# Readers and writers (writers-preference). I'm not sure whether my code is wrong or not [closed]

I've found on the wikipedia pseudo-code, so I've decided to try it.

That's the Wiki's code:

int readcount, writecount; (initial value = 0)
semaphore mutex_1, mutex_2, mutex_3, w, r ; (initial value = 1)

P(mutex_3);
P(r);
P(mutex_1);
if readcount = 1 then P(w);
V(mutex_1);
V(r);
V(mutex_3);

P(mutex_1);
if readcount = 0 then V(w);
V(mutex_1);

WRITER
P(mutex_2);
writecount := writecount + 1;
if writecount = 1 then P(r);
V(mutex_2);

P(w);
writing is performed
V(w);

P(mutex_2);
writecount := writecount - 1;
if writecount = 0 then V(r);
V(mutex_2);


I have implemented that into c++ under linux.

Here's my code:

#include <pthread.h>
#include <stdio.h>
#include <stdlib.h>
#include <fcntl.h>
#include <unistd.h>
#include <time.h>
#include <iostream>
#include <string.h>
#include <sstream>

using namespace std;

int readcount = 0, writecount = 0;
pthread_mutex_t mutex_1, mutex_2, mutex_3, w, r;

int var_for_msg = 0; // should be 0 or 1 (number of writers actually in a library)
pthread_mutex_t  msg_lock; // locking message so two threads will not be able to write at the same time in the console
// ---------------------- //

void write_if_smth_changed()
{
cout<<"ReaderQ: " << R-readcount << " WriterQ: " << W - var_for_msg << " [in: R:" << readcount <<" W:"<< var_for_msg << "]" << endl;

if (var_for_msg > 0)
{
cout<< "HAHAHAHAAAAAAAAAAAAAAAAAAAAAAAAAAAAAAAAAAAAAAAAAAAAAAAAAAAAAAAAAAAAAAAAAAA" << endl;
}
}

void *f_write(void *writers_number)
{
while (true)
{
writecount++;
if (writecount == 1)
{
}

var_for_msg++;
write_if_smth_changed();
var_for_msg--;
write_if_smth_changed();

writecount--;
if (writecount == 0)
{
}
//sleep(1);
}
}

{
while (true)
{
{
}

write_if_smth_changed();

{
}
//sleep(1);
}
}

int main(int argc, char *argv[])
{

/* args input */
istringstream iss(argv[1]);
iss >> R;
istringstream iss2(argv[2]);
iss2 >> W;
/* ----------------------- */

for (int i = 0; i< R; i++)
{
}

for (int i = 0; i< W; i++)
{
}

return 0;
}


I've added in there a function which is supposed to write to the console the actual number of readers/writers in Queue and readers/writers inside library.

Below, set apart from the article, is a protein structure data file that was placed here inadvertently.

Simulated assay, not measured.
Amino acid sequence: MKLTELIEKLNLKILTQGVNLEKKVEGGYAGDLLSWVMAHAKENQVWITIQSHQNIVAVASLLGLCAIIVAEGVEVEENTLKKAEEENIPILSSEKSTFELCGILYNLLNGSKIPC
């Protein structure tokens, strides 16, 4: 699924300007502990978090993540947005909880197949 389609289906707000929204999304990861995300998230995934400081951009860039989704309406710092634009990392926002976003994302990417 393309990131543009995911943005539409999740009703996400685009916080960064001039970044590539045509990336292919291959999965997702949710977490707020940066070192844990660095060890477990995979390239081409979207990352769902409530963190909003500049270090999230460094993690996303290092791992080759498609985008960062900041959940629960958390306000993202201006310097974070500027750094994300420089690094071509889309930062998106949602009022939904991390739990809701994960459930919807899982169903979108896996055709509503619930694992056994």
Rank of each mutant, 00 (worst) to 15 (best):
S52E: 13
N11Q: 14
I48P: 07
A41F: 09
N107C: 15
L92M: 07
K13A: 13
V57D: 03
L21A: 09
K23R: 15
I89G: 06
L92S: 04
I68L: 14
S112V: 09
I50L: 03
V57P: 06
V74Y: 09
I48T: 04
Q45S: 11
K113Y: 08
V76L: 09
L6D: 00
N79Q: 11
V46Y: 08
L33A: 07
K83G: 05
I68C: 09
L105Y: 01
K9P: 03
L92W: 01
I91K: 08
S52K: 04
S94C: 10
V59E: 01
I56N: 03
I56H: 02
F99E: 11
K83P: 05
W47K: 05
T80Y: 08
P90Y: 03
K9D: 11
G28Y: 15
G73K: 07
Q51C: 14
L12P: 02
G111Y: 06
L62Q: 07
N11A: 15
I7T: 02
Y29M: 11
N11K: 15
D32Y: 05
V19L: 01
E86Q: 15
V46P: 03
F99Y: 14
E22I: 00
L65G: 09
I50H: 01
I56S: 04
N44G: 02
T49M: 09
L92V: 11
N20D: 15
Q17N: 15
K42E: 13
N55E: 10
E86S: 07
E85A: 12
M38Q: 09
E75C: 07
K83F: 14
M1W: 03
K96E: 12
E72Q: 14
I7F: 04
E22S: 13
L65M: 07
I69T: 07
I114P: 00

e.g.:

ReaderQ: 618 WriterQ: 5 [in: R: 382 W:0] would mean: 618 readers and 5 writers in queue, 382 readers and 0 writers inside library.

When I launch the executable file with args 1000 and 5 (1000 reading and 5 writing threads)

./a.out 1000 5


It should once in a while output HAHAHAHA~ (because there's a writer in the room) however it's not happening. Could this be possible that the algo presented in a wikipedia is wrong? If not, where's the problem?

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## closed as off topic by Jeff Vanzella, Brian Reichle, Glenn Rogers, w0lf, palacsintJan 9 '13 at 6:39

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The wikipedia article looks correct. But your code is relatiely convoluted and you perform no checks to see if any of the lock/unlock calls work as expected that there could be any number of problems. –  Loki Astari Jan 2 '13 at 20:36
If a function returns an error code and you do not check the state of the error code your code will at some point break. –  Loki Astari Jan 2 '13 at 20:38

This is not how you would write the code in C++ (this is C (and awful C at that)).

I would implement the class:

 class RWLock
{
friend class WriteLocker;

void getWriteLock();
void unLockWrite();

private:
// All the members you need here
public:
RWLock(): /*Initialize all members explicitly*/ {}
~RWLock() {/* TIDY UP */}
};
{
RWLock& lock;
public:
};
class WriteLocker
{
RWLock& lock;
public:
WriteLocker(RWLock& lock) : lock(lock) {lock.getWriteLock();}
~WriteLocker()                          {lock.unlockWrite();}
};


Then usage would be:

 void Reader()
{
}

void Writer()
{
// Writter
WriteLock     lock(sourceLock);   // gets a write lock.
// do writting here
}


Now all you have to implement are four methods the usage of the class is short and intuitive. And most importantly the user of the RWLock can not use it incorrectly and leave the locks in the incorrect state.

So now lets implement the getXXXLock()

Notice that we use RAII to call Lock/Unlock on any lockable objects in an exception safe manor. For this we use MutexLocker which will call lock() in the constructor of the object and unlock() in the destructor when it goes out of scope. In the few cases were we can not use RAII directly we still guarantee that the calls will be made in pairs because we guarantee that for each call to getXXXLock() we will also call unlockXXX().

void RWLock::getReadLock()
{
MutexLocker lock3(mutex_3);
MutexLocker lockR(r);
MutexLocker lock1(mutex_1);

{   Lock(w);   // This is OK
}              // because we guarantee that
// unlockRead() is called thus making sure we call
// the unlock() as a controlled pair.
}

{
MutexLocker lock1(mutex_1);
}
}

void RWLock::getWriteLock()
{
{
MutexLocker  lock2(mutex_2);
++writecount;
if (writecount == 1)
{   Lock(r);          // See lock(w) below
}
}

lock(w);      // This is OK because we guarantee to call unlockWrite()
// Which is the counterpart to this call.
}

// writing is performed

void RWLock::unlockWrite()
{
unlock(w);

MutexLocker lock2(mutex_2);
--writecount;
if (writecount == 0)
{   unlock(r);
}
}

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